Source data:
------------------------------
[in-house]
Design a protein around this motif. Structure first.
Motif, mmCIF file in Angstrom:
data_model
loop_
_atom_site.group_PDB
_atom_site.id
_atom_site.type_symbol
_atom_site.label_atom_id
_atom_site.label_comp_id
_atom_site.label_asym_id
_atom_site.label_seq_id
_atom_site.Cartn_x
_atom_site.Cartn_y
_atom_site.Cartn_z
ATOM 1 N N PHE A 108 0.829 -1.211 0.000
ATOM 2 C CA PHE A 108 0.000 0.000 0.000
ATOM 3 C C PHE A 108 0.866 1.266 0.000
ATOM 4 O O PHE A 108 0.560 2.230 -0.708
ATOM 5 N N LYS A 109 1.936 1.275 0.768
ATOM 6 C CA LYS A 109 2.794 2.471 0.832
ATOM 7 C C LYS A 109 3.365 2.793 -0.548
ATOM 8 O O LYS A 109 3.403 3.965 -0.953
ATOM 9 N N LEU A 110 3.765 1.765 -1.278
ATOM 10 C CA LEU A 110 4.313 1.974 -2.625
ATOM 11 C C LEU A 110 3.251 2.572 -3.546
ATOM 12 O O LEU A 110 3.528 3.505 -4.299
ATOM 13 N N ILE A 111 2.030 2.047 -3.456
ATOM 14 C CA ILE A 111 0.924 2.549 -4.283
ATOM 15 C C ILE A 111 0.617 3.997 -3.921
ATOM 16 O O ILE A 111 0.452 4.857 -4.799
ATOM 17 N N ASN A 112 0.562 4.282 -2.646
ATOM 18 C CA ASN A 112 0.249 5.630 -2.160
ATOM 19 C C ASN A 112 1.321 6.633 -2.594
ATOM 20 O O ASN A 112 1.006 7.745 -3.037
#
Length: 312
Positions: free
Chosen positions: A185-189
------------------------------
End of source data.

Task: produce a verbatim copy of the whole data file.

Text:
[in-house]
Design a protein around this motif. Structure first.
Motif, mmCIF file in Angstrom:
data_model
loop_
_atom_site.group_PDB
_atom_site.id
_atom_site.type_symbol
_atom_site.label_atom_id
_atom_site.label_comp_id
_atom_site.label_asym_id
_atom_site.label_seq_id
_atom_site.Cartn_x
_atom_site.Cartn_y
_atom_site.Cartn_z
ATOM 1 N N PHE A 108 0.829 -1.211 0.000
ATOM 2 C CA PHE A 108 0.000 0.000 0.000
ATOM 3 C C PHE A 108 0.866 1.266 0.000
ATOM 4 O O PHE A 108 0.560 2.230 -0.708
ATOM 5 N N LYS A 109 1.936 1.275 0.768
ATOM 6 C CA LYS A 109 2.794 2.471 0.832
ATOM 7 C C LYS A 109 3.365 2.793 -0.548
ATOM 8 O O LYS A 109 3.403 3.965 -0.953
ATOM 9 N N LEU A 110 3.765 1.765 -1.278
ATOM 10 C CA LEU A 110 4.313 1.974 -2.625
ATOM 11 C C LEU A 110 3.251 2.572 -3.546
ATOM 12 O O LEU A 110 3.528 3.505 -4.299
ATOM 13 N N ILE A 111 2.030 2.047 -3.456
ATOM 14 C CA ILE A 111 0.924 2.549 -4.283
ATOM 15 C C ILE A 111 0.617 3.997 -3.921
ATOM 16 O O ILE A 111 0.452 4.857 -4.799
ATOM 17 N N ASN A 112 0.562 4.282 -2.646
ATOM 18 C CA ASN A 112 0.249 5.630 -2.160
ATOM 19 C C ASN A 112 1.321 6.633 -2.594
ATOM 20 O O ASN A 112 1.006 7.745 -3.037
#
Length: 312
Positions: free
Chosen positions: A185-189